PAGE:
Newspaper Page Text
THURSDAY, MARCH 20, 1919.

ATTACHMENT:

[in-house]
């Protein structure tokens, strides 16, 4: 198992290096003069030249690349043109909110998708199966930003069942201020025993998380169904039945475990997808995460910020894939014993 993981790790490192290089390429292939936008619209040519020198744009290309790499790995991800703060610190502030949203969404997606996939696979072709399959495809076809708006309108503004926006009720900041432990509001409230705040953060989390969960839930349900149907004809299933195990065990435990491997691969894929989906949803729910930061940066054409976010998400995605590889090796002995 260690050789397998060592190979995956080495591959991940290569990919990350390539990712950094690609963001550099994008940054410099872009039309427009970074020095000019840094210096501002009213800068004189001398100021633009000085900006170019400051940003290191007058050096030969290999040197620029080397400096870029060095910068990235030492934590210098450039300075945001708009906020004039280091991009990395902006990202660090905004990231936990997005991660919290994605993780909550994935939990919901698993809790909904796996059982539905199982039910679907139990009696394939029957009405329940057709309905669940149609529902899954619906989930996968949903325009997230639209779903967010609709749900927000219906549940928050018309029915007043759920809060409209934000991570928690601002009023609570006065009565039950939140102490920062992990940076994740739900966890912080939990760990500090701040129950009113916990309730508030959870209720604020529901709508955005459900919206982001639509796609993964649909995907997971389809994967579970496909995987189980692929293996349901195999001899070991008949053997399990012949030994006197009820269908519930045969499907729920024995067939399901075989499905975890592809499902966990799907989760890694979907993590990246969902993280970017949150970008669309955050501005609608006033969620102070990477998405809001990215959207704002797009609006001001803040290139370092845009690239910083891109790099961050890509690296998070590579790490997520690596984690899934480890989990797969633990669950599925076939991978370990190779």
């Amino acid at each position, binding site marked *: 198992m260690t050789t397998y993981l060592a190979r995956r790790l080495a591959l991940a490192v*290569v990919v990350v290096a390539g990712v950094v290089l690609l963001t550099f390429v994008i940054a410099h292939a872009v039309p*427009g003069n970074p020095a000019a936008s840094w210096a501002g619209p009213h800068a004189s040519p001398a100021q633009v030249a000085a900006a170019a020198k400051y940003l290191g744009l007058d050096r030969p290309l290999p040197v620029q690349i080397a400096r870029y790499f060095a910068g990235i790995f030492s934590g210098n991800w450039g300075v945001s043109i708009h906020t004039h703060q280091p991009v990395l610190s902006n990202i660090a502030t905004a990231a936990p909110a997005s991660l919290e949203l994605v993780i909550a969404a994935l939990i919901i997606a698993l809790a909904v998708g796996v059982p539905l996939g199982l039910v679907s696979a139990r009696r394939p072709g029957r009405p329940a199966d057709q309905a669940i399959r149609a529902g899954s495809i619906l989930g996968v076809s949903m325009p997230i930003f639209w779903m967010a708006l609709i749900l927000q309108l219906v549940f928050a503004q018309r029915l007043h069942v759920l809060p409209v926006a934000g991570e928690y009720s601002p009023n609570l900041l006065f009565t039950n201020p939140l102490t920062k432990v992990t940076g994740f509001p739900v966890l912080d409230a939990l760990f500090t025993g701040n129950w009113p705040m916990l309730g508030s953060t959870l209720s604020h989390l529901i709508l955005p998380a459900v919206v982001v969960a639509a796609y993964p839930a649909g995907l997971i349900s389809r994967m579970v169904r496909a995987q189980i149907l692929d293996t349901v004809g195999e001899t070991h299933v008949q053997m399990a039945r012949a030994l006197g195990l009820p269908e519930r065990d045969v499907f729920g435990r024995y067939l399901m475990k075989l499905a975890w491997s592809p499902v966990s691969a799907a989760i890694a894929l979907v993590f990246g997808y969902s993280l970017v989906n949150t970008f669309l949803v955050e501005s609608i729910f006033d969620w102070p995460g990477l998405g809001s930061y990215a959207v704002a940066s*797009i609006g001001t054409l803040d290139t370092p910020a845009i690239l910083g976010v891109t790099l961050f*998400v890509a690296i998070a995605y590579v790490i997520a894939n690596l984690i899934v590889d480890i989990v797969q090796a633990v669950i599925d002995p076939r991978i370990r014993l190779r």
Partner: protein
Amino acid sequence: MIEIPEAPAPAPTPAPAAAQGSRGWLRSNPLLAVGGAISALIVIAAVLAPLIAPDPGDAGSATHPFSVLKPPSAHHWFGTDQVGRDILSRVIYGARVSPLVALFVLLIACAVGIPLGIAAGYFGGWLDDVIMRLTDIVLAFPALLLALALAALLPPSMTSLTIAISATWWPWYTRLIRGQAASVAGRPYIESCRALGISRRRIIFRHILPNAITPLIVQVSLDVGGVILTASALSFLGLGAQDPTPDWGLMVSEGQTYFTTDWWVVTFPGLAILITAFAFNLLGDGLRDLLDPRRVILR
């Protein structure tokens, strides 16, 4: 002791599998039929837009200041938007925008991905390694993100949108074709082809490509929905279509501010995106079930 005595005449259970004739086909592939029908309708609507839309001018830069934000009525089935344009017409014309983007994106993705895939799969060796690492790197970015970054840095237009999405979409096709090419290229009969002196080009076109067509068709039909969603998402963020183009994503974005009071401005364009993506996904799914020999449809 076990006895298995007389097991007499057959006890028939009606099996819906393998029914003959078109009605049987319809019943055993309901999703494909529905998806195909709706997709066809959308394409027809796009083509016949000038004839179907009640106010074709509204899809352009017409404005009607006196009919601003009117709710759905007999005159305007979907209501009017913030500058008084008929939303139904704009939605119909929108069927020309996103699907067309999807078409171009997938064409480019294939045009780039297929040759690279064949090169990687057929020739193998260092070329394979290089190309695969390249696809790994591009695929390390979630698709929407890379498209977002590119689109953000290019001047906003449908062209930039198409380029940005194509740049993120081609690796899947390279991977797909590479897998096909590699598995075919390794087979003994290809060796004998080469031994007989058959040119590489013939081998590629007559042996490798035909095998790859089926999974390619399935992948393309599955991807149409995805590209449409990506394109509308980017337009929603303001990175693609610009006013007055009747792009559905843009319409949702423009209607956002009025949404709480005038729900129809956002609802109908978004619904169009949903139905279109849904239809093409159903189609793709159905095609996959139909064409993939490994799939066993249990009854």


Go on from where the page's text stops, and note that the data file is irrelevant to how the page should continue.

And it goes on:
FREXCH BROAD IIUSTLER, HENDERSONVILLE, 1JT..C. V V ff . ...... . . T" f J I iV?rlL Wad ' . WADE WAR ON TUSSOCK MOTH Excellent Work of Boy Scouts in New York Town Should Furnish an Inspiration. On October 1, 1915, all the boy scouts of Mount Vernon, N. Y., as sembled ar the Presbyterian church and heanl a detailed account of the life history of the Tussock mcth, one 01 our worst shade tree leaf feeders, This Insect overwinters in tne egg stage and from fall till spring the eggs may be found In email white clusters firmly attached to the bark of trees and protected places along fence rails and under the house moldings. Each troop was assigned a definite section of the city and each section was fur ther subdivided for the Individual scouts, to that the entire city might be covered. For nearly three weeks the boys scouted around gathering the egg masses and then the territory of each troop Ikvas shifted so that the work might be checked up, triple credit .being given for eggs collected during this checking period. Upwards of a quarter of a million eggs were collected by the scouts during the con test, and it would be difficult to state in dollars and cents the value of serv ice so rendered to the city. American Forestry. BEST TYPE OF STREET LAMP Eight-Panel Idea Has Many Advan tages Over Single Globe Which Is So Generally in Use. The especially attractive street lamp shown herewith is preferable, it is claimed, to vari ous types of globes, for when one of the latter is broken, to re place it costs sev eral dollars, in ad dition perhaps to the cost of an other light bulb, ..iiile Injury to this lamp usual ly Involves but one or possibly 11 'A panels, which can De replaced ior about 50 cents each. The top, which slopes slightly toward the sides from the center, serves to reflect the light downward, while many globes tend to throw more light upward than down. Fopular Mechanics Magazine. Las Selecting Site for Home. As the prospective home builder usually has a general idea of the type of house to be erected, this preference will have a bearing upon the site to be selected for it. For example, a lot totally unsuited for a formal structure might be an Ideal setting for a bunga low. Yet in a neighborhood of old fashioned homes the bungalow might appear so incongruous as to depre luie by contrast both its own value Afrd tbjit of Its neighbors. In any -ccvent, the land and the building should -produce a harmonious effect. More .over, if a lot is of unusual shape or is toot level, a home may be so designed 4hat these defects are converted into advantages. The sources of light, ?ade and nearness of surrounding buildings also have a bearing on build ing plans. p- iGmj- Untidy Streets. The New York Merchants associa tion has an antilitter bureau, that is now engaged in a campaign against dirty streets. The cost of cleaning up the refuse that should have - been dropped into the very convenient con tainers, but is just dropped In the street instead, Is enormous. School - children are reported as serious of fenders, for they bring paper from the rchoolroom and tear and scatter It ':pon the streets. That isn't patriotic not a "clL h A Tree for a Tree. The wood supply of the United States Is becoming low. Trees are be ing cut down ruthlessly and a large part of them are allowed to lie on the ground and rot. People who do such things should be dealt with severely by the fvernment. The United States should establish a system such as that In Norway and Sweden, where for every tree cut down another one must be planted. Exchange. Value of, Decency. Cleanliness In body and camp. In kitchen and hospital, made all the dif ference to our soldiers and sailors be tween sickness and health, even be tween life and death. Will they as citizens be as tolerant toward dirty streets and alleys, dirtier vices and habits and still deadlier disorderly re sorts and crime-breeding, disease spreading districts? What Noah. Was Doing. "What was Noah supposed to be do ing while the animals were passing into the ark?" asked the Sunday HchooUcacher. "Takln' tic??ets," promptly replied ozo Hide fellow. V ' City and County DIRECTORY CITY Mayor: C. E. Brooks. Town Council: J. W. Bailey, W. M. Bacon, A. H. Hawkins, John S. For rest, J. A. Fletcher, K. G. Morris. Tax Collector: G. W. Brooks Chief of Police: Otis V. Powers. " Superintendent Water Works and Streets: A. A. McCall. COUNTY County Commissioners: J. N. Russell (Chairman) J. A. Maxwell, S. J. Whit aker. . Clerk of Court: C. M. Pace. Register of Deeds: A. O. Jones. Sheriff: Allard Case. Tax Collector and Treasurer: A. E Hudgins. Superintendent Education: W. S, Shitle. Road Supervisor: P. F. Patton. Physician: Dr. L. B. Morse. . Farm Demonstrator: Frank Flem- ming. Attorney: O. V. F. Blythe. Register Births and Deaths: B. F. Hood. Board of Health: J. N. Russell, (Chairman), W. S. Shitle (Secretary), Dr. J. L. Egerton, Dr. J. S. Brown, C. E. Brooks. CHURCHES First Baptist Dr. E. E. Bomar, Pastor. Services: Sunday 11 a. m. Sunday School, 9:45 a. m., N. M. Hollowell, Supt. East Hendersonville Baptist Rev. C. S. Blackburn, Pastor) Services: Sunday 11 a. m., and 7:30 m. Wednesday Night Prayer Meeting: 30' p. m. Sunday School: 9:45 a m. C. S. Fullbright, Supt. Catholic Father Marion, Priest. Services: Sunda 11 a. days 7:30 a. m. m. Week- St. James Episcopal. Rev. A. W. Farnum, Rector. ' Services: Sunday 7r30 a. m., and 11 m. Sunday School: 9:00 a. m. Methodist Rev. M. F. Moores, Pastor. Services: Sunday 11 a. m. Sunday School 9:45 a. m., H M. Whitfield, Supt. Presbyterian Rev. J. F. Ligon, Pastor. Services: Sunday 11 a. m., and 7:30 p. m. Wednesday Evening Pray er Meeting, 7:30 p. m. . Sunday School: 9:45 a. m. Dr. A. II. Morey, Supt. TRAIN SCHEDULE Trains Southbound 42 .7:35 a. m. 28 10:55 a. m. 10 4:35 p. m. No. No. No. Trains Northbound No. 41 10.30 a. m. No. 9 1.05 p. m. No. 27.... 6.55 p. m. Toxaway Division No. No, No. No. Leaves . . . Leaves ... Arrives. . . Arrives.... .11.10 a. m. . 4.50 p. m. .10.05 a. m. . . 4.15 p. m. INTERURBAN COMPANY Lv. Hendersonville 9:30 a. Arr. Asheville 11:00 a. Lv. Asheville... 4:15 p. Arr. Hendersonville... 5:45 p. m. m. m. m. People lead This Newspaper I A That why it would be profitable for you to II ...... advertise in it If you 'ward a job If yoa want to hire somebody If you wsLrJt to sett something If youwstnt to buy something If you want to rent your bouse If you Kosmi to sett your house If you want to sett your farm If you want to buy property If there is anything that you want the quickest and best way to supply that want is by placing an advertisement in this paper The results will surprise and please you JJ aMMMMHIH HENDERSONVILLE HAS Two Cafes. ' Two Banks. One Florist. Five Hotels. One Bakery. One Hospital. One Optician. One Ice Plant. Paved Streets. Four Garages. One Osteopath. Electric Lights. Four Coal Yards. Eight Physicans. . ::- Eleven Lawyers. Board of. Trade. Two Feed Stores. Two Wood Yards. One Opera House. Five Shoe Stores. One Bicycle Shop. Three Grist Mills. Four Drug Stores One) Photo Gallery. Three Newspapers. rOne Jewelry Store. Six Grocery Stores. One Bottling Plant Concrete Sidewalks. One Public Library. Four Meat Markets. Two Oil Companies. Four Barber Shops. One Steam Laundry Six Dental Surgeons Water and Sewerage. Two Millinery Stores. Three Pressing Clubs. Two Telegraph Offices. , 1 Three Hardware Stores. Two Department Stores. Three Blacksmith Shops. One Telephone Exchange. One Girls Boarding School. One Boys Boarding School. Three Real Estate Brokers. Two Livery and Sale Stables. One Book and Stationery Store.' Two Plumbing Establishments. Two Moving Picture Theatres. Two Five and Ten Cent Stores. Two Electrical Supply Stores. Building and Loan Association. Two Gent's Furnishings Stores. One Dealer in Fruit and Produce. Seven Wholesale Establishments. Four General Merchandise Stores. One Graded School for Whites and One for Colored. Five Churches for White and Four for Colored. Two Harness and Shoe Repair Es tablishments. Three Fruit and Confectionery Stores. Five Life and Fire Insurance agen cies Four Manufacturing Plants, includ ing Woodworking Establishments and Lumber Yards. Dr. W.H. Yander Linden DENTIST Phdne 351 Offic over Duffs DR. H. L. KEITH I (Successor to Dr. W. F. Nickel) Office: Over Successor to Dr. Tebeau Patterson Building Phone 105 -1R. , DENTIST. ( Hjmter's Pharmacy j 1 DR. E. AWMcMILL AN (Successor to Dr.yW. T. Wallace) DEjmST UUlce: Burckmer Building, 4th Ave. Phone 442. Hendersonville. N. G. DR. EHRINGHAUS Dentlgt. PHONUT 67-J. Offlce over J. oi Williams. HENDERSONVILLE, N. CL DR. GEOB&E WRIGHT OSTEOPATH ! FORD SAYS HE IS STARTING ISE1V CONCERN. While the f i-50 flivver that . Henry Find is' preparing tomanufacture in numbers that nplre the head swim Li's r.tT yet heroine an actuality, auto-n-cljil'j 'dealers x ovor ths Saie are lockirjg tr : rr. to its advent with min TecIiiiKs of ;oy and disgust. They r'alivo that f.onie folks simply won t K- i.-.uht in a ?250 tin lizzie, and so will buy l.igher priced cars, and they also knew r.jjit there are thousands who don't care a lemon rind whac scit of a vehicle they go in just so they get thesre. While Ilonry Ford has turned ouz aovci'i queer looking products in his time, he rarely turns out anything that Is not v. o:th while, so the coming of the heap car will be looked for-v.-anl tc with interest by every one who finds i rosent car prices a little too IMgh for comfort. In speaking of the cheap car in Los Angeles a few days ago, Henry ForC sad: "There i.s no reason why the people all of then. Fhould not own mote cars," and I mean to make it possible for thoin to do so. I am confident I can build a better car, more durable and up-to-ti&te than the present Ford, for a cost to the user of $250, at most not to exceed $300. "My resolve to build a new car and form a new company came with a recent court decision, whereby I must distribue about $19,000,000 ac cumlated profits. My idea of a suc cessful business is one having plenty of ready cash. The new company will have larger capital resources than the Ford Motor Car Company, whose re sources are $17,000,000. "What will be done with the old company, I do not know. I do know this, however, the stock in it I do not own can not be sold to me. We arc now seeking sites for factories and the new concern will be in operation in an incredibly short time. Because of the great resources in materials used in the making of steel in territory tribu tary to Los Angeles, I have decided to establish here in the near future a ; mammoth steel plant to rival those of , Pennysylvania and Ohio. This plant j will furnish steel for the now Fords j as well as for Pacific Coast and for- eign trade." j WTiAn na AJain RtTPt is it Will nOt. ! VT 1UC o AiilAiu ' 1 hp tno wide to accommodate tramn when the cheap cars are turned out in abundance. Demands for good roadts will become more insistent, and State j lir.oi will Hioannpar Tnliimbia State. ! lliiO n iii uiuwjLf mi ww LOAN IS NEEDED It Will Settle Nation's War Debts and Will Care for Sick and Wounded. Once in a while some one asks: Whats the need of another Liberty Loan now that the war is over?" Revenue from taxes will not be suf ficient to pay all the bills, so the people will be called upon to provide the money by subscribing to govern ment bonds. This money is going' to pay oil the army of producers at home the farmers, merchants, manufac turers and others. America had just begun to fight when the Hun decided it was time to 'quit. Allied leaders expected the war to last another year and the United States government was turning out ships, arms, ammunition and food to overwhelm Germany in one big drlre. Treasury officials have revealed thatin 1919 America would have had a tank at the front for every seventy five feet of line. We would have had ten tons of mustard gas ready for shipment for every ton Germany could produce. Thousands of batter ies of guns would have been in act ion for every one America had in 1918. Everything else was being produced in proportion. This gigantic preparation brought an early end to the war and saved thousands of lives. Victory Liberty Bonds will pay for this work which had been contracted for" and was be ing delivered when the armistice was signed. There are other purposes for which money is need. , Part of our army of 2.000,000 men must be kept in Europe until the ' peace treaty is signed. These soldiers must be fed. clothed and otherwise maintained. Then they must be brought home. The sick and wounded must be car ed for in hospitals. The army must be demobilized. There are thousands of maimed soldiers, heroes of the great war, who must be taught self supporting trades and given an oppor tunity to earn their living. This reconstruction work at home must be carried on. The job must be finished. The American people who furnished the money to win the war must supply it also to bring the na tion back to a peace basis. 1Y ONE IRE ROAD BUILDERS ARE NEEDED . .. t Opportunities for Returned Soldiers Both Skilled and Unskilled Labor Required. (Prepared by the United States Depart ment of Agriculture.) In resDonse to requests for informa tion, the bureau of public roads of the United States department of agricul ture has collected from the-hlghway de partments of the various states figures indicating the profitable number of re turned soldiers and sailors that can be used during 1919 in road construction and repair work. Of the 38 states re plying only 29 gave definite figures. They report they can use 11,637 soldiers and sailors as skilled laborers, and 91, 904 as unskilled. Under the head of skilled labor the state highway de partments were asked to report on the requirements for masons, carpenters, quarry bosses, concrete finishers, road foremen, roller men and superintend ents. Unskilled laborers were not The states fchut have thus far giveO" definite figures, with the estimated number of men that may be used, are : Alabama, skilled 60, unskilled 1,000; Arizona, skilled 48, unskilled 100 ; Colorado, unskilled 1,250 ; Connecticut, skilled and unskilled, 4,000 ; Delaware, skilled 100; Unskilled 1,000; Florida, skilled 685; unskilled 4,315; Georgia, skilled and unskilled, 4,000; Idaho, un skilled, 200; Illinois, skilled 2,500, un skilled 15,000 ; Kansas, skilled. 1,000 ; J unskilled 4,800; Kentucky, skilled 826; unskilled 3,500; Louisiana, skilled 110, unskilled 1,000; Maine, skilled 100 un skilled 1,000; Massachusetts, skilled, 150; unskilled, 2,000; Michigan, skilled 20U unskilled 2,500 ; Minnesota, skilled 1,200, unskilled 4,800; Mississippi, skilled and unskilled, 2,000; Montana, skilled 104, unskilled 644; Nebraska, skilled 2G7, unskilled 2,250; Nevada, ckilled 35, unskilled 265; New Hamp shire, skilled 332, unskilled 1,000 ; New Good Reads Between Annapolis and Baltimore Job for Many Men to Build and Maintain Road Like This. York, skilled 1,400, unskilled 7,000; Oregon, skilled 270, unskilled 2,430; Rhode Island, skilled 50, unskilled 450 ; South Carolina, unskilled, 1,500; Vir ginia, skilled 900, unskilled 5,100; Washington, skilled and unskilled, 2.000; West Virginia, skilled 700, un skilled 9300; Wisconsin, skilled 600, unskilled 7,500. EXPENSE OF CONCRETE ROAD Average Cost for "Surface Only Esti mated at About $12,300 Per Mile Filling Cracks. (By A. W. DEAN, Chief Engineer Mass. Highway Coramission.) The average cost of a concrete sur face, 15 feet wide, not including grad ing, drainage, culvert work, etc., but including the concrete surface only, is about 12,300 per mile, according to contract prices under- which con crete roads have been constructed by thl3 commission. Of course, the cost of grading, drainage, culverts, etc will vary greatly. So far as the concrete surf aco be coming more or less cracked and uli of holes after three or four years is concerned, I would state it is tnu that it cracks to a certain extent but if properly built, with expansion Joints, no holes will appear, and very few cracks, and the cost of filling the cracks with bitumen Is very slight GOOD GARDEN IS BIG ASSET Useful for Fresh Veoetables and Sur. p.'us May Be Stored for Use During Winter. A good garden is very useful for fresh vegetables. Where there Is a surplus the vegetables may be stored and saved for future use. In this way you may have nice vegetables. ea,sil7 ciid quickly served in winter! The result will be better and cheapej living from the farm, i - : - - W:::'x:.:::::::::w x ' - ',C, " v ' 6 Where are my Reading glasses?" Mischievous daughter has picked Daddr's pocket and watches him gleefully as he searches in vain for his reading glasses. But if Daddy wore KRYPTOK Glasses, he would be freed from this two-pairs-of-glasses nuisance.KRYPTOKS (pro nounced Crip-tocks) would give him, in one pair of glasses, the necessary! correction for both reading aiid distance. KRYPTOKs enable you to see both near and far objects, with equally keen vision. You can glance up from your book or paper and see things at a dis ' tance as clearly as you see the type on the printed page. is. GLASSES THE INVISIBLE BIFOCALS KRYPTOK Glasses give t.'.Is convenience without that draw back of aly other bifocals --tho conspicuous, age-revealing seam or hump. I Not the slightest trace of a cLividing line can be . detected between the lower part which affords perfect near vis ion and the upper part which affords perfect far vision. The surface f the KRYPTOK lens is clear, smooth and even. It cannot be distinguished from a single vision lens. That's why KRYPTmDKS are univer sally known as "the invisible bifocals." Ask W. H. Hawkins & Son, optometrists and opticians about KRYPTOK Glasses. ! W. S . Hawkins & Son Jtweleis and Opticians The BEST and CHEAPEST insurants on earth FOR INSIDE D OUTSIDE WORK USEM RE PAINT PRESERVE AND BEAUTIFY YOURJPROPERTY HENDEBSOJfVILLE HDW. CO. Always at Your Service for IMnting Needs! is there something you need in the follow ing UstT BWh Anaoancements . Weddtnd Statloaery Envelope IbcImivm Sal Bllla Hand Btlla Price lists Admission Tickets , - Business Cards ' ' window Cards , Tine Cards Letter Head. ... - - " Note Heads Bill Deads Envelopes CaUlni Cards Leaflets Statements " - Milk Tickets Meal Tickets Shipping Tads Announcements Briefs , . Notes . ' Coupons " Pamphlets i m Catalogues t Circulars v ,liMon Posters- ! folders Checks . Bleaks Notices Labels Legal Blanks Menu Cards Placards Dodders ' Post Cards Programs ' Receipts, Prompt, careful and effi dent attention given to every detail Don't Bend Yonr Order Oat of Town Until You See Wbat We Can Do iiiiouas j 7 lv 1